Recently, I was discussing pop-punk of the early 2000s with a friend. As we reminisced about angsty masterpieces like Saves the Day Through Being Cool and Say Anything’s …is a real boy, our conversation shifted to Fall Out Boy. Yeah, that band. Many people forget their modest beginnings and an excellent 2003 debut called Take This To Your Grave.
My first experience of Fall Out Boy when they opened for Allister at The Continental in New York City’s East Village in March 2003 (Don’t Look Down was also on the bill). For those who aren’t familiar with The Continental, it is a dive bar on Sixth Avenue that, at one time, hosted bands. Now they are known for having very cheap shot specials. I once witnessed a bevy of nefarious activities in their sub-terrain bathrooms.
After seeing Fall Out Boy that evening, I bought Take This To Your Grave on the spot. I remember being very impressed. I was there for Allister but became excited about discovering a new favorite by accident. It was one of those cardboard cd cases. The liner notes had quite a few spelling mistakes (for example, the song “Chicago is So Two Years Ago” was labeled as “Chicago is So Two Tears Ago”). Very punk rock (for me) in 2003.
The question is: Does the current ethos surrounding Fall Out Boy (how silly their recent albums have been, personal activities of Pete Wentz, Patrick Stump’s weird online rant about how people should feel sorry for him, etc) tarnish Take This To Your Grave, an album I remember quite fondly?
Fall Out Boy formed in the Chicago-area in the early 2000s. Named after the classic Simpsons’ character, the band featured Patrick Stump (vocals/guitar), Pete Wentz (bass), Joe Trohman (guitar), and Andy Hurley (drums). They released a very punky EP called Fall Out Boy’s Evening Out with Your Girlfriend in March 2003 and really hit their stride with Take This to Your Grave (released in May 2003).
Like any good pop-punk album from the early 2000s, Take This to Your Grave included themes of friendship, missing home, exes, betrayal, and hope, all with caustic wit and bitterness. In this album, Fall Out Boy constructed sincere and accessible songs. They invite the listener to tap and sing along and feel the same things as the band. Its like these songs challenge you not to sing along. Everything since then has tried too hard to be interesting.
The album opens up with “Tell Mick That He Made My List of Things to Do This Today,” a powerful jumping off point for the album. It begins with a roaring guitar intro. The lyrics are bitter and the melody is frantic. There is no shortage of great visual imagery, specifically the image of not sparing one’s bodily fluids to extinguish someone who is engulfed in flames.
“Dead on Arrival” has one of those classic basement show/tour videos. The band members wink and giggle at the camera and there are shots of audiences singing back each word. Lyrically, it is a whole extended metaphor but it is slightly shifty in the execution. “This is side one/ flip me over/ I know I’m not your favorite record/ the songs you grow to like never stick at first” is one of the memorable choruses.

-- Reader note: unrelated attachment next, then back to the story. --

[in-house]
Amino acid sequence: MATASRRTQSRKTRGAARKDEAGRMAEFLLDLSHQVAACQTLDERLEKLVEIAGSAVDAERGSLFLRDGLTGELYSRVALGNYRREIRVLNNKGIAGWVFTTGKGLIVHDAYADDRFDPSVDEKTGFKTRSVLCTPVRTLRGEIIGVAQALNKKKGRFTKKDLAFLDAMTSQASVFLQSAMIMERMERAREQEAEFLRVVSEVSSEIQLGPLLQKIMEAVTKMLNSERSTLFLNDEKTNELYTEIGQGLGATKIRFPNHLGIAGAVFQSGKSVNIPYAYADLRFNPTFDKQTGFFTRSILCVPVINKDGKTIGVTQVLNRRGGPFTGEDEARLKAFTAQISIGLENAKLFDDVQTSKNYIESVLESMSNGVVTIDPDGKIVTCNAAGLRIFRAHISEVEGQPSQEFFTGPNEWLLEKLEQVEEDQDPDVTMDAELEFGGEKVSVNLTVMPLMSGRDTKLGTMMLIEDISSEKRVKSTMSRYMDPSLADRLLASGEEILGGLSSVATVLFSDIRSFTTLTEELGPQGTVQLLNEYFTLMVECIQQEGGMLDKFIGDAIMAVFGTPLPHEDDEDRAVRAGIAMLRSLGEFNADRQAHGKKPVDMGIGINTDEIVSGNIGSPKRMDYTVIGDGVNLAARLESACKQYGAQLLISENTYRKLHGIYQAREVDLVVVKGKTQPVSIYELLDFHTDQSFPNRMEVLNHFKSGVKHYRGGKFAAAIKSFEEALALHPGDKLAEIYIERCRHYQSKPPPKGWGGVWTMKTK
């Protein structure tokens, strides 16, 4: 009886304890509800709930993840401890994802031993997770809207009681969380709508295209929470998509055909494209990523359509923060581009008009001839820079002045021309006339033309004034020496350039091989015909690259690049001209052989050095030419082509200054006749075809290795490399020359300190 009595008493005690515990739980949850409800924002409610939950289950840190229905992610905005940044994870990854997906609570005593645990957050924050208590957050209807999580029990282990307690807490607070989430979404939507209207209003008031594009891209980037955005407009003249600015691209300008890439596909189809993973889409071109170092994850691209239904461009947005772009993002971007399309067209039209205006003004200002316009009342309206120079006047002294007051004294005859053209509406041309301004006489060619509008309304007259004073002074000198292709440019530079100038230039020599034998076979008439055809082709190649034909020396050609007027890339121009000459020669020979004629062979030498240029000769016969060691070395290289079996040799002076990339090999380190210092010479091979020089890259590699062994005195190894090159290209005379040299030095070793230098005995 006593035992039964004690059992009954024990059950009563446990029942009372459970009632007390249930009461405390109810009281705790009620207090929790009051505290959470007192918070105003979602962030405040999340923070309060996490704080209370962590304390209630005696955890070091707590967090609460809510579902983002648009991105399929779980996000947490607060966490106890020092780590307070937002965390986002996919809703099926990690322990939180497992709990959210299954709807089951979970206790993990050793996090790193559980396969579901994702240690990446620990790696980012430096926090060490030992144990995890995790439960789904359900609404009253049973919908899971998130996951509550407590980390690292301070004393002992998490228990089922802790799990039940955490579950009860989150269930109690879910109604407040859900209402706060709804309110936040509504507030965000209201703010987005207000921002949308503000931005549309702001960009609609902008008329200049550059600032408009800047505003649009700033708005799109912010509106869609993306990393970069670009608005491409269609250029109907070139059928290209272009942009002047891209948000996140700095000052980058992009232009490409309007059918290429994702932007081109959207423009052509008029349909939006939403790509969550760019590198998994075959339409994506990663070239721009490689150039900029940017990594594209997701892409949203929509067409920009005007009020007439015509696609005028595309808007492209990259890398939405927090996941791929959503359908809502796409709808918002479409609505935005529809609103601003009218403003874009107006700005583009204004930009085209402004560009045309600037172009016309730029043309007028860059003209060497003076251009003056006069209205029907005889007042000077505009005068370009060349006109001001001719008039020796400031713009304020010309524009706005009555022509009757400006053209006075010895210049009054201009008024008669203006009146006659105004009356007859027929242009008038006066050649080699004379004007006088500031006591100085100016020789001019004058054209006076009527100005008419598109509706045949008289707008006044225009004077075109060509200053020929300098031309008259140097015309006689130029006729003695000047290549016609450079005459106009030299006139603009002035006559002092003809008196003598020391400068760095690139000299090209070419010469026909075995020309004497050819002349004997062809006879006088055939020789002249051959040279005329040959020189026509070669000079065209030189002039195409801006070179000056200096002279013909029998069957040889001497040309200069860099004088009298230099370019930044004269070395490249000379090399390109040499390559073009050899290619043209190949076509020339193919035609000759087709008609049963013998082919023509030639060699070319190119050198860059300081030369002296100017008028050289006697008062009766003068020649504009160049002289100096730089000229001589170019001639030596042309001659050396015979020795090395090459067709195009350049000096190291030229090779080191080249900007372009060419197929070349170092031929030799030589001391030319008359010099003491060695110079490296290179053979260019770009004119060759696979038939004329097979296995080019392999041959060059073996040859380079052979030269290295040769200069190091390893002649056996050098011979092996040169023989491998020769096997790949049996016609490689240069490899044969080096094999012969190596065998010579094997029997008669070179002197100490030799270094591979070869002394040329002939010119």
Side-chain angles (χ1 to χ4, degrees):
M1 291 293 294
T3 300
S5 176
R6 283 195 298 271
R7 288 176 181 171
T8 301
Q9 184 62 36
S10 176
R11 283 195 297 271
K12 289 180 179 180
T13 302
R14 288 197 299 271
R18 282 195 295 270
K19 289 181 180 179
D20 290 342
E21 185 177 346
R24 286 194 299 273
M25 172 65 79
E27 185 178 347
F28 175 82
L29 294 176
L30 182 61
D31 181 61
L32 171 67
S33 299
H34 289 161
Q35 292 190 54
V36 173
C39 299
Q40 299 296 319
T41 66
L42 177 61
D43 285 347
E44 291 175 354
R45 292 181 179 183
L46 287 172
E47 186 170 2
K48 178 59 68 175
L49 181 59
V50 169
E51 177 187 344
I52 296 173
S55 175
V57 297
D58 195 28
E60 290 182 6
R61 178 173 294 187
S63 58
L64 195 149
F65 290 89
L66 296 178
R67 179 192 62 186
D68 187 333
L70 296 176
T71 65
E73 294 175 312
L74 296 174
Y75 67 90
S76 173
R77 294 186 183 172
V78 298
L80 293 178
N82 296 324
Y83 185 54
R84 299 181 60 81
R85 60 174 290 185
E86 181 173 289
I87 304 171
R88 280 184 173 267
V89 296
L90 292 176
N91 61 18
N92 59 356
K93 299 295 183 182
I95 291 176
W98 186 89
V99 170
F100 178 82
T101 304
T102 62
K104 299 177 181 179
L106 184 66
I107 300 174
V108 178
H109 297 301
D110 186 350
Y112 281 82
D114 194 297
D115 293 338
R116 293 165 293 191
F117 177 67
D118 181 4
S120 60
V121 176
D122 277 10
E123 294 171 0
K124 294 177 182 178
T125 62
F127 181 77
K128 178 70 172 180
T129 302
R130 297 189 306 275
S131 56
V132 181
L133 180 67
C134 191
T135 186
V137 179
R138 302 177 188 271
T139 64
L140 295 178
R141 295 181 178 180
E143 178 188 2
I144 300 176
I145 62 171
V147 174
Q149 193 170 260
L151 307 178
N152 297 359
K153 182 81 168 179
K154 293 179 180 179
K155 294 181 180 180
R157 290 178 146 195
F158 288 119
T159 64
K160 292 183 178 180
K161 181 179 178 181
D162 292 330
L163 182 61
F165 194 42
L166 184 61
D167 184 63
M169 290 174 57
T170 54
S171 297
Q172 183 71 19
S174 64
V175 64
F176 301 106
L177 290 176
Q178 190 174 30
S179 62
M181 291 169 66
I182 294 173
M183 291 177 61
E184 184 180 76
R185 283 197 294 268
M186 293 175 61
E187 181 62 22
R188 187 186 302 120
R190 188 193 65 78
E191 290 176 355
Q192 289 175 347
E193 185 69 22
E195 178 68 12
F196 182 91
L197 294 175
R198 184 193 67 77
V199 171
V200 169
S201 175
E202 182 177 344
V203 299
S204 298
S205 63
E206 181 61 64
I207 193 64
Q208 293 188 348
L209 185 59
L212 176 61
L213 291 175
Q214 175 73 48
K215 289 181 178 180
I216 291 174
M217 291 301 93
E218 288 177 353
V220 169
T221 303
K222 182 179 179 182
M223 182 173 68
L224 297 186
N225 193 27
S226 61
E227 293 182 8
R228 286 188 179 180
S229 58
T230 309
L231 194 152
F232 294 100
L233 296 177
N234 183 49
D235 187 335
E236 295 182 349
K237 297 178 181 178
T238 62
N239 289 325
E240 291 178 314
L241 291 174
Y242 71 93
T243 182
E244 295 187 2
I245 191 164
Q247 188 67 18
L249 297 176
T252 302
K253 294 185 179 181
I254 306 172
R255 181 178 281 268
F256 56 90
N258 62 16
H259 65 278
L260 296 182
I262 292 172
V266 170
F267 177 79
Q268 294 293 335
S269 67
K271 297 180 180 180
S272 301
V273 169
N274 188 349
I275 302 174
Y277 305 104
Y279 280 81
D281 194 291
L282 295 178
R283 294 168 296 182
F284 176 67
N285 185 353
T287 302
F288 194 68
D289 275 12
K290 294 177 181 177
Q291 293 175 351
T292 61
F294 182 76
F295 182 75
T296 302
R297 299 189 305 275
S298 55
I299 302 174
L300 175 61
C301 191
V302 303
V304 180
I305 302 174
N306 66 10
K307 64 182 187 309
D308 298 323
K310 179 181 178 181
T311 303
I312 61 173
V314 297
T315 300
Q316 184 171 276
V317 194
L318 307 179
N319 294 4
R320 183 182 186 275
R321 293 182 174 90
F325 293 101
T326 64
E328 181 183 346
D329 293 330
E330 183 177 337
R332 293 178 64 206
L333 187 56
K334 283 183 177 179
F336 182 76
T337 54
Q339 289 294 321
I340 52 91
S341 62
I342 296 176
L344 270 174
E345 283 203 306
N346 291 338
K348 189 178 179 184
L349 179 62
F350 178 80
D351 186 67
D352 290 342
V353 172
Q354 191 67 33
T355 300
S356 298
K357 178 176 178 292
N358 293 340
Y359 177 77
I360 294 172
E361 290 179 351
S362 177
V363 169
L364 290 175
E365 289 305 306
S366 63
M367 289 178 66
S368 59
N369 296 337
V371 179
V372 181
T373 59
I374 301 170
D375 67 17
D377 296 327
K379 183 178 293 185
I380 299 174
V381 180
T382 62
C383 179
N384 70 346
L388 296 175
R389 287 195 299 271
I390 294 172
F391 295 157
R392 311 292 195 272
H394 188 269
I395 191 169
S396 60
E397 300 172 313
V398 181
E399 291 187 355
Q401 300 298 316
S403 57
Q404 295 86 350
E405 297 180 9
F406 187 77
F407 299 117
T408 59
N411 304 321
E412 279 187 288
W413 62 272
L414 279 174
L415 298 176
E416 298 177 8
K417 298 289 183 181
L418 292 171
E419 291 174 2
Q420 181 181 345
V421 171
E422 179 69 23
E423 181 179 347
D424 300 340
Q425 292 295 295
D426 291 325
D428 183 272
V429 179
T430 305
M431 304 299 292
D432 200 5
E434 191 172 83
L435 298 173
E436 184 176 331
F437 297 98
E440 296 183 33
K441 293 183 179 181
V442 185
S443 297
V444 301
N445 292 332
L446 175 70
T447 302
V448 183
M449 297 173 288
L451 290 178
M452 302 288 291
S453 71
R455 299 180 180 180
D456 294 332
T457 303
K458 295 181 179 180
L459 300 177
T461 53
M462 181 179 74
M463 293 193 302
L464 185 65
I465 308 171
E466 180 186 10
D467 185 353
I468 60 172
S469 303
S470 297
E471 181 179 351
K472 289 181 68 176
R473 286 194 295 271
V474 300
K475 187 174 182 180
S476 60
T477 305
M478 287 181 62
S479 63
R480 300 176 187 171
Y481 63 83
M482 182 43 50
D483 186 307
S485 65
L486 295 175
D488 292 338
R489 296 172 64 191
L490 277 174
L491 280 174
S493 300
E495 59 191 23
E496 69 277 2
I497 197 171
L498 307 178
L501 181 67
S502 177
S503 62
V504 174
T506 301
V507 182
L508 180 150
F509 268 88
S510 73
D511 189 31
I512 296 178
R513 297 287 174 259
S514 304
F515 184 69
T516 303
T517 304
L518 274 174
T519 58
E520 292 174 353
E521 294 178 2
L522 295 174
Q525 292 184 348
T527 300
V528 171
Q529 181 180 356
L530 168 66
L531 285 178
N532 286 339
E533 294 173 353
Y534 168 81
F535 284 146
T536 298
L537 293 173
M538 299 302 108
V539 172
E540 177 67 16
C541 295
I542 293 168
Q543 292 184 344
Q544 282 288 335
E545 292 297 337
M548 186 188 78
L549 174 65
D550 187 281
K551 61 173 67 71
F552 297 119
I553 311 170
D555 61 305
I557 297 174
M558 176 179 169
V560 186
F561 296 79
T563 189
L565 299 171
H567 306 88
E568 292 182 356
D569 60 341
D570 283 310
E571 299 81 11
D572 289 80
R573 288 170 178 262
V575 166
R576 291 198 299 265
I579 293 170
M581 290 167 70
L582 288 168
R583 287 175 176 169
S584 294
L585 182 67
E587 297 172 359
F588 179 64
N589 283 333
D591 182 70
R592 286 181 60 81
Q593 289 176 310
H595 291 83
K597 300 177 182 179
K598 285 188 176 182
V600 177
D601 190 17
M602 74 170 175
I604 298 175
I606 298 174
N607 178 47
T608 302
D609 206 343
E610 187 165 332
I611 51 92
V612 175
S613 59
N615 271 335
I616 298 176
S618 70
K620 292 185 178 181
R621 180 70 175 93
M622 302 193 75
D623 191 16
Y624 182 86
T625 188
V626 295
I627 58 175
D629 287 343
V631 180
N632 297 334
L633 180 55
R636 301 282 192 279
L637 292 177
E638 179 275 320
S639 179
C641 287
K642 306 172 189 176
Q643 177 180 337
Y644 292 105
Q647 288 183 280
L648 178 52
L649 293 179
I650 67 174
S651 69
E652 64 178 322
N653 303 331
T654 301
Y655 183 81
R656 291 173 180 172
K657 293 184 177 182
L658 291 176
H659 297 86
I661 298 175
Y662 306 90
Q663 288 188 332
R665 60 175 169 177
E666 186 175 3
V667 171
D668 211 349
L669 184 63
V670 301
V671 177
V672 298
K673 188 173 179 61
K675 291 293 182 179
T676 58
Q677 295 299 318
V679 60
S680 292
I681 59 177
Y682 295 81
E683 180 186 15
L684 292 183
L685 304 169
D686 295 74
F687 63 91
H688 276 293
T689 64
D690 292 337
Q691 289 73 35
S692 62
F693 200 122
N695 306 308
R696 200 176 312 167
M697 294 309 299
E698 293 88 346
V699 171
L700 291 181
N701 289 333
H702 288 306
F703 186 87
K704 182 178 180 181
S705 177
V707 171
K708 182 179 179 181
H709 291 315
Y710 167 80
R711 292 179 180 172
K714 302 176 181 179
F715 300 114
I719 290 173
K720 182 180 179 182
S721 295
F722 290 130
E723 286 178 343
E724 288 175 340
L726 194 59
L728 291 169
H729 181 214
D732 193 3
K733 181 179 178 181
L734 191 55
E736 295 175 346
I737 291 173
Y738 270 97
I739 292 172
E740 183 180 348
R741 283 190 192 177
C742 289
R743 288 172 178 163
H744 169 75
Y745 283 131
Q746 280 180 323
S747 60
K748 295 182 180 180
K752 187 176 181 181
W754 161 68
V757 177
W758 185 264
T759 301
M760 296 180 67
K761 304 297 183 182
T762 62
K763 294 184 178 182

And then there is “Grand Theft Autumn/Where Is Your Boy.” This song starts off with talking: “Where is your boy tonight?/ I hope he is a gentleman/ Maybe he won’t find out what I know: you were the last good thing about this part of town.” Then the guitars come in. There is a signature count-up (“1,2,3,4”). There are moments where someone yells “Yeah!” in the background. There is a pop-punk breakdown. There are the catchy lyrics. As a single, it really sets the stage for the album’s overall sound and theme.
“Saturday” was another single. The song jumps right in without warning. “These open doors were open-ended” is a lyric of hope and youthful adventure.
“Chicago is So Two Years Ago” was always one of my favorites. The guitars were slightly grindy but the lyrics were so catchy. The direction of the song changes during the breakdown. The instruments stop for a moment and Stump sings “You want apologies? / Girl, you might hold your breath/ until your breathing stops forever, forever./ The only thing you’ll get/ is this curse on your lips:/ I hope they taste of me forever.”
“I want to hate you half as much as I hate myself” and “I wish that I was as invisible as you make me feel” (from “The Pros and Cons of Breathing”) are classic examples of how the band articulated common feelings. In “Homesick at Space Camp” addresses an inability to craft the right words at the right time and in the right place (“Tonight the headphones will deliver/ the words I can’t say“). Another underrated track is “Calm Before the Storm” which first appeared on Fall Out Boy’s Evening Out With Your Girlfriend. This version, however, is much more refined.
I know it is hard to take Fall Out Boy seriously but Take This To Your Grave is a great pop-punk album. At times. the lyrics are quite nonsensical but they make sense to an angst-filled teen. The vocals are so nasal (but wasn’t that the thing back then?). It is like anyone can be a lead singer. And if you ignore their subsequent work, it is quite enjoyable.
Now I am just waiting for the Take This To Your Grave anniversary tour. It has been over 10 years…